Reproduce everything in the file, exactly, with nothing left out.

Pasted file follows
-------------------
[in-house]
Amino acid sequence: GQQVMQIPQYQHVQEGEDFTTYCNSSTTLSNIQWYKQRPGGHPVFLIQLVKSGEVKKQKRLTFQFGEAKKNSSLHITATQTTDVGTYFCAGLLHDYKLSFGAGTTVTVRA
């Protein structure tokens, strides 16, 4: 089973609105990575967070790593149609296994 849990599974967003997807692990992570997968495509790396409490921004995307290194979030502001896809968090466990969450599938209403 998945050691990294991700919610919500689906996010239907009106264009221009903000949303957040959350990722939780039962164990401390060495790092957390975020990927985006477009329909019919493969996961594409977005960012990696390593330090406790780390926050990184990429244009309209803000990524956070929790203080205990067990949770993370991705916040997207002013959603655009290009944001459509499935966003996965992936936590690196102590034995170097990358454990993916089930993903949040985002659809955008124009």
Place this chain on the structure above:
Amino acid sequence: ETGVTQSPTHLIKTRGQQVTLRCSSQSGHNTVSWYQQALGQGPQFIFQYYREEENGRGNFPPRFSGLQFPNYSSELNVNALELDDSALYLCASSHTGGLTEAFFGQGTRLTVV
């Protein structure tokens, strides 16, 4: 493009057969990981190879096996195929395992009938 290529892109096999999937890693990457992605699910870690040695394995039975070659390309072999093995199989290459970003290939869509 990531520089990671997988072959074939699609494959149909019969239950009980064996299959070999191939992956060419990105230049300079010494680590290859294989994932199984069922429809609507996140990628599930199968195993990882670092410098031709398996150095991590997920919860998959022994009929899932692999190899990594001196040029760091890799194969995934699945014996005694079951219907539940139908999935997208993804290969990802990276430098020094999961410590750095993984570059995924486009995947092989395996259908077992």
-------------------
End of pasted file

[in-house]
Amino acid sequence: GQQVMQIPQYQHVQEGEDFTTYCNSSTTLSNIQWYKQRPGGHPVFLIQLVKSGEVKKQKRLTFQFGEAKKNSSLHITATQTTDVGTYFCAGLLHDYKLSFGAGTTVTVRA
């Protein structure tokens, strides 16, 4: 089973609105990575967070790593149609296994 849990599974967003997807692990992570997968495509790396409490921004995307290194979030502001896809968090466990969450599938209403 998945050691990294991700919610919500689906996010239907009106264009221009903000949303957040959350990722939780039962164990401390060495790092957390975020990927985006477009329909019919493969996961594409977005960012990696390593330090406790780390926050990184990429244009309209803000990524956070929790203080205990067990949770993370991705916040997207002013959603655009290009944001459509499935966003996965992936936590690196102590034995170097990358454990993916089930993903949040985002659809955008124009």
Place this chain on the structure above:
Amino acid sequence: ETGVTQSPTHLIKTRGQQVTLRCSSQSGHNTVSWYQQALGQGPQFIFQYYREEENGRGNFPPRFSGLQFPNYSSELNVNALELDDSALYLCASSHTGGLTEAFFGQGTRLTVV
């Protein structure tokens, strides 16, 4: 493009057969990981190879096996195929395992009938 290529892109096999999937890693990457992605699910870690040695394995039975070659390309072999093995199989290459970003290939869509 990531520089990671997988072959074939699609494959149909019969239950009980064996299959070999191939992956060419990105230049300079010494680590290859294989994932199984069922429809609507996140990628599930199968195993990882670092410098031709398996150095991590997920919860998959022994009929899932692999190899990594001196040029760091890799194969995934699945014996005694079951219907539940139908999935997208993804290969990802990276430098020094999961410590750095993984570059995924486009995947092989395996259908077992």